Video standard with Visual Standard

Video standard with Visual Standard

Now more than ever, a picture is worth more than thousand words.

Visual Standard is one of the most interesting modules of our MPS. It allows our customers to create work standards on video simply and intuitively. Video standards helps our customers:

  • Train operators
  • Verify compliance to a standardised way of working
  • Enable self-testing of their operators
  • Keep up to date the capability matrix, also known as the ILUO Matrix.

·Before video standard

A couple of weeks ago, we had a Visual Standard workshop at a client’s factory in Germany. During that workshop, the client wanted to verify that the tool could address a particularly important issue. The production of some parts had to be moved from that factory onto a new location in Morocco. This was a condition set by their client, nothing they had a choice about. These were really complex parts that had to be manufactured using a lot of manual steps. In order to facilitate this move, our client had been investing significant time and effort on the creation of a very thorough and detailed Standard Worksheet. For this purpose, they had a number of Germans, Poles, and Czechs using Word and Excel to create English documentation that would be read mostly by Moroccans.

They were also able to verify the standards and provide feedback in real time that was used to improve parts of the standard.

The results were, as you can imagine, worse than they had hoped for. At the new location  workers could not produce the parts as needed in terms of both time and quality. As a result, our customer was forced to maintain production in both locations simultaneously. They were also sending Moroccan workers to be trained in Germany. Yet, every deadline was missed and their costs and losses kept mounting.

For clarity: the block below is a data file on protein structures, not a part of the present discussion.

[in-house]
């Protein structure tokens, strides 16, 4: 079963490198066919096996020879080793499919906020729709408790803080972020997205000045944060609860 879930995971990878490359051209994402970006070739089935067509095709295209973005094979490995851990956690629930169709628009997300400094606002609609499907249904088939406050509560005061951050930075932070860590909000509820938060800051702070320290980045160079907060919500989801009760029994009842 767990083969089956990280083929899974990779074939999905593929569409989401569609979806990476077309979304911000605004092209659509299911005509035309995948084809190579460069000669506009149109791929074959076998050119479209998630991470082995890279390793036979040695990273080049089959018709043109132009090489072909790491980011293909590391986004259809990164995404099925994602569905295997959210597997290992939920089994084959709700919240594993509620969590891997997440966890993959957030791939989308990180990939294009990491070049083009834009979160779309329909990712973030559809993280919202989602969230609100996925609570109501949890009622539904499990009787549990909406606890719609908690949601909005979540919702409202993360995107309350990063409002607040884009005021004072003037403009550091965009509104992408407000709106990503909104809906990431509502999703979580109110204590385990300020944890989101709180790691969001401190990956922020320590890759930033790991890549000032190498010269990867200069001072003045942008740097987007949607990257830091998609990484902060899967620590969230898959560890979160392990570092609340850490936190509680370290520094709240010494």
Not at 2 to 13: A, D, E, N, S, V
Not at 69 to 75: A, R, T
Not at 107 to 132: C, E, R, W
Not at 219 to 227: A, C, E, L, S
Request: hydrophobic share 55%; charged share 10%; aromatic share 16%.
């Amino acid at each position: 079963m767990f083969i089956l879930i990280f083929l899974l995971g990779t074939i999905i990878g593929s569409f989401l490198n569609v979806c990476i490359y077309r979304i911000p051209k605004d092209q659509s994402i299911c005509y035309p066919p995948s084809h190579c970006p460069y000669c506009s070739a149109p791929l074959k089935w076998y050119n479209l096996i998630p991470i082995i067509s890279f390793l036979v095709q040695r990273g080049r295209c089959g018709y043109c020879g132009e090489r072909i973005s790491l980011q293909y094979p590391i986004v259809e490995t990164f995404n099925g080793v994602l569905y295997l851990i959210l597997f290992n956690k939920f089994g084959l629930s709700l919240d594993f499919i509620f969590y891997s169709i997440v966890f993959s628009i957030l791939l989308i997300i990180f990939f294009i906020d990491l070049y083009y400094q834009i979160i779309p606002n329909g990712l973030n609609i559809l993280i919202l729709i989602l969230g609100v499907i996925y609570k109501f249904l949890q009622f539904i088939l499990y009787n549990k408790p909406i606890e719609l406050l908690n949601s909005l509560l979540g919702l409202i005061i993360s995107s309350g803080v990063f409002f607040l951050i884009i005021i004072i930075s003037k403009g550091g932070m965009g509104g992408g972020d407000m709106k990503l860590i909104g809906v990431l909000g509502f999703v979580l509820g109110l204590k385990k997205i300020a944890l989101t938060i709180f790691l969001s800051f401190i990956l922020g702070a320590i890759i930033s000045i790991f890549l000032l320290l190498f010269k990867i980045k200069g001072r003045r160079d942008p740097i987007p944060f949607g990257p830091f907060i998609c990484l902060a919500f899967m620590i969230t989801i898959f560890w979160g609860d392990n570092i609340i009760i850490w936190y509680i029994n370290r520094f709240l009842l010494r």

· Benefits of the video standard

This was the context in which we were asked by our client to work with them for two days in Germany to prepare some standards with our Visual Standard tool. The results were very positive. Within those two days we worked to define complex processes on video. At once, people in Morocco were able to access these videos via our web portal and used them to train operators. They were also able to verify the standards and provide feedback in real time that was used to improve parts of the standard.

 overview on dashboard of video standard with visual standard

By two weeks later, the expected levels of quality had been achieved.

After the workshop, Moroccan operators continued to work and started to produce new parts. Producing these parts with the expected levels of speed and quality took a little time. By two weeks later, the expected levels of quality had been achieved. Also the standards had been improved thanks to the tools in our platform. As each video standard can be analysed with the Observation tool within MPS, our clients can then propose, validate, and formally approve improved versions.

· More efficiency with video standard

In this particular example, a 55-page Standard Worksheet built in Word was replaced by a 8-minute video composed of 25 sequences marked with a number of quality and security key points.

This is an excellent example that shows how Visual Standard helps our clients train operators and improve quality and performance regardless of their locations, languages, or cultural contexts.

 

Roberto Delgado Marcos

Roberto Delgado Marcos

CEO de Mobile Lean

Who do we think about when we digitalize?

Who do we think about when we digitalize?

The end of the year is, usually, a stressful time. We always attempt to organize the year so that there are not projects that need closing in the very last quarter. But the reality is that as of September everything accelerates and there is no other option but to press forward.